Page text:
Indonesia's other disaster, Mount Merapi, the volcani -- volcano -- has erupted again and that shot out more hot ash. Thirty-two people have been killed and tens of thousands have evacuated the area. Many of the victims are buried in a mass grave. Entire communities are blanketed in ash. Merapi, which means Fire Mountain, is one of the world's most active volcanoes.

In France, protesters were on the street again in a last ditch effort to stop the controversial pension law from becoming law. The government says their numbers were much lower than recent demonstrations. The pension bill raises the retirement age from 60 to 62. It could still go to the constitutional court before President Sarkozy has to sign it into law.

The Argentinean president, Cristina de Kirchner, is mourning her husband's death, as former President Nestor Kirchner's body is lying in state. Tens of thousands of people have been lining up in Buenos Aires to pay their respects. Mr. Kirchner remained a close adviser to his wife after she succeeded him. It was said that he was planning to run for president again.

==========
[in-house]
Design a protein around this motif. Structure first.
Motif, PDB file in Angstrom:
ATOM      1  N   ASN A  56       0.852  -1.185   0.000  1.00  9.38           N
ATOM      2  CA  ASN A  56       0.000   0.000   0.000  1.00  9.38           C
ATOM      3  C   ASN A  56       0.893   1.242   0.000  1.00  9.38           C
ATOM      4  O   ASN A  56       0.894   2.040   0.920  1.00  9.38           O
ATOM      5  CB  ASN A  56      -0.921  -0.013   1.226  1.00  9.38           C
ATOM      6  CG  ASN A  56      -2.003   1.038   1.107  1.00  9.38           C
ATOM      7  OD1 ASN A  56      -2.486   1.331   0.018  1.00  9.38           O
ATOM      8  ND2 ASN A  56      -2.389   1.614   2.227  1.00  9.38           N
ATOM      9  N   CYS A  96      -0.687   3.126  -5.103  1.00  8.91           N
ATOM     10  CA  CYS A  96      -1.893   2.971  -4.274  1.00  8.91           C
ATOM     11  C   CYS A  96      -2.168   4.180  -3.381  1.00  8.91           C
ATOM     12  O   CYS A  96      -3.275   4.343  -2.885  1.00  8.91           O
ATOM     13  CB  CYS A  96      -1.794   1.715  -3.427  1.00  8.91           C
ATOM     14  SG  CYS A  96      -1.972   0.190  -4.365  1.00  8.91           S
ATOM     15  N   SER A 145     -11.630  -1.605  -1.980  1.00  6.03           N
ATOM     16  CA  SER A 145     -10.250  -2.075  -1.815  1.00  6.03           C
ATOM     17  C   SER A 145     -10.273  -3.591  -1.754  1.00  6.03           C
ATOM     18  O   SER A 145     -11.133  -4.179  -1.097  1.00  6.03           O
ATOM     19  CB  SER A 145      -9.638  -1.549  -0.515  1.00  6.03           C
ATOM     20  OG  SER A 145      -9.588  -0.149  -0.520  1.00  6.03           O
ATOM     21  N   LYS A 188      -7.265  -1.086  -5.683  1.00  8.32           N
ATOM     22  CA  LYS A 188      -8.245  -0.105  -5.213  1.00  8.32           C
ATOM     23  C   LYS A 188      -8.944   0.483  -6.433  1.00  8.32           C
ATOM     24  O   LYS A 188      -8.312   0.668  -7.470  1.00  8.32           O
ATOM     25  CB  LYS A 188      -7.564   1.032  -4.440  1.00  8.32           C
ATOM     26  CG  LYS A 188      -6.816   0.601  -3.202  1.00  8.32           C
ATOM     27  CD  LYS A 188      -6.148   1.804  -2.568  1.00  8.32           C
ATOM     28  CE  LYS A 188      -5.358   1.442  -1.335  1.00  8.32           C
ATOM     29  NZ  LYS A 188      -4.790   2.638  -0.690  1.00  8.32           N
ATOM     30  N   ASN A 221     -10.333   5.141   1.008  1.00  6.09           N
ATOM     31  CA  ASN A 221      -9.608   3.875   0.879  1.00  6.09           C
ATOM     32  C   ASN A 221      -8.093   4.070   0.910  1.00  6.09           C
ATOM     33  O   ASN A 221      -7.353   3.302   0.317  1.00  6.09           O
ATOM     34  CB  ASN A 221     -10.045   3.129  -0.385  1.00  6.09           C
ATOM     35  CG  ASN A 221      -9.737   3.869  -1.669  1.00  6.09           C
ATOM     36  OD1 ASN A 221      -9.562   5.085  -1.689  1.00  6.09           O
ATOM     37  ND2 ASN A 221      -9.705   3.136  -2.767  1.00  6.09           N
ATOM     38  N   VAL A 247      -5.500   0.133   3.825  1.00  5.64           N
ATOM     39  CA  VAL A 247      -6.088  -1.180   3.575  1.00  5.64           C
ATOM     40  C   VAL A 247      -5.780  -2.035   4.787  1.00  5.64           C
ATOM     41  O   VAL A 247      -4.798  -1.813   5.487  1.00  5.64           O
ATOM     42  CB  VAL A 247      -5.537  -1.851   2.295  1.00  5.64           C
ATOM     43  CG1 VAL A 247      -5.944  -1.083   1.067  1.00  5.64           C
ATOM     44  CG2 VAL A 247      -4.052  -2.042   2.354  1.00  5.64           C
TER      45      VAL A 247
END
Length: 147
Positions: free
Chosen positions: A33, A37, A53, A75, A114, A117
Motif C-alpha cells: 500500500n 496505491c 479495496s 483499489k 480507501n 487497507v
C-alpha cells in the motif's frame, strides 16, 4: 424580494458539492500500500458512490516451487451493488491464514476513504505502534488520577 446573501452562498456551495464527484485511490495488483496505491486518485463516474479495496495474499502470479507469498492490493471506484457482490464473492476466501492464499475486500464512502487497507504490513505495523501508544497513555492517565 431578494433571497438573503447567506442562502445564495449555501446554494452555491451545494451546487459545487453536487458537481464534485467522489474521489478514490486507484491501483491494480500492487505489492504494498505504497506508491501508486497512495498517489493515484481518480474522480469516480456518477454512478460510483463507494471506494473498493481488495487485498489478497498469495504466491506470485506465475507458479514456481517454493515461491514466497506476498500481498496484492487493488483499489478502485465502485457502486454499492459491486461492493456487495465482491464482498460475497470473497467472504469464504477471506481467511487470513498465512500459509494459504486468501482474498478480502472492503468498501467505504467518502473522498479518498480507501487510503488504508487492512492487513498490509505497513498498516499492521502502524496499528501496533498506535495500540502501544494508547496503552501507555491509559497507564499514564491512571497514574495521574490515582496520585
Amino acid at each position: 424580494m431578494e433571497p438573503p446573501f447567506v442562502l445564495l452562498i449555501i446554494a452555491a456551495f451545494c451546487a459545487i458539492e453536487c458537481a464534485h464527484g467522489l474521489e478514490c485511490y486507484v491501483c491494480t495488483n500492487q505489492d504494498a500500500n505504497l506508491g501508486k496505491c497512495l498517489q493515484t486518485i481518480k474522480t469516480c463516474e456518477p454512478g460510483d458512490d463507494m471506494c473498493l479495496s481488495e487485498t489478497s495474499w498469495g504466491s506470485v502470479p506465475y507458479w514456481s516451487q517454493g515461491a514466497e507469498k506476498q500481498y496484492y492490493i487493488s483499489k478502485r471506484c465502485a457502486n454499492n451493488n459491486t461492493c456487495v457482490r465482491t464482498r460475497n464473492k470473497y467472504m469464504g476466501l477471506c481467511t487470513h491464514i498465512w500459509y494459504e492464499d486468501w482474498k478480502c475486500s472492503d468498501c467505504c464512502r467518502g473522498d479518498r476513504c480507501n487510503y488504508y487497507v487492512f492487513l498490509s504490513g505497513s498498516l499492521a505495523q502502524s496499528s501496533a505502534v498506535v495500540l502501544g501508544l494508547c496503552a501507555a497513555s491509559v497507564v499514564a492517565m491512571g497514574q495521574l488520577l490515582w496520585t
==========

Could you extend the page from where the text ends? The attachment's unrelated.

So, we're coming to the end of the Q25 for this earnings season, our own index that you'll understand to help make sense of where profits are headed. Green balloons goes to those firms that exceeded our strict targets and the red balloons for those who miss. We'll give you a final tally of balloons in a moment.

Maggie Lake is with me in New York -- good evening, Maggie.

As I look at the moment, the greens look like they have it. But the reds, they're still there.

But ExxonMobil is our -- is our first candidate tonight.

MAGGIE LAKE, CNN CORRESPONDENT: That's right, Richard. And this is a pretty good looking report. We saw a little hint of this from ConocoPhillips, but Exxon doing even better. And they managed to, I think, hit three of our five criteria. But the other two that they missed weren't bad, it's just that they didn't really give any guidance. Quarter over quarter wasn't quite there, but it was awfully close.

QUEST: Right.

LAKE: And, you know, those oil prices are going up. So I think the future is looking pretty -- pretty good for them.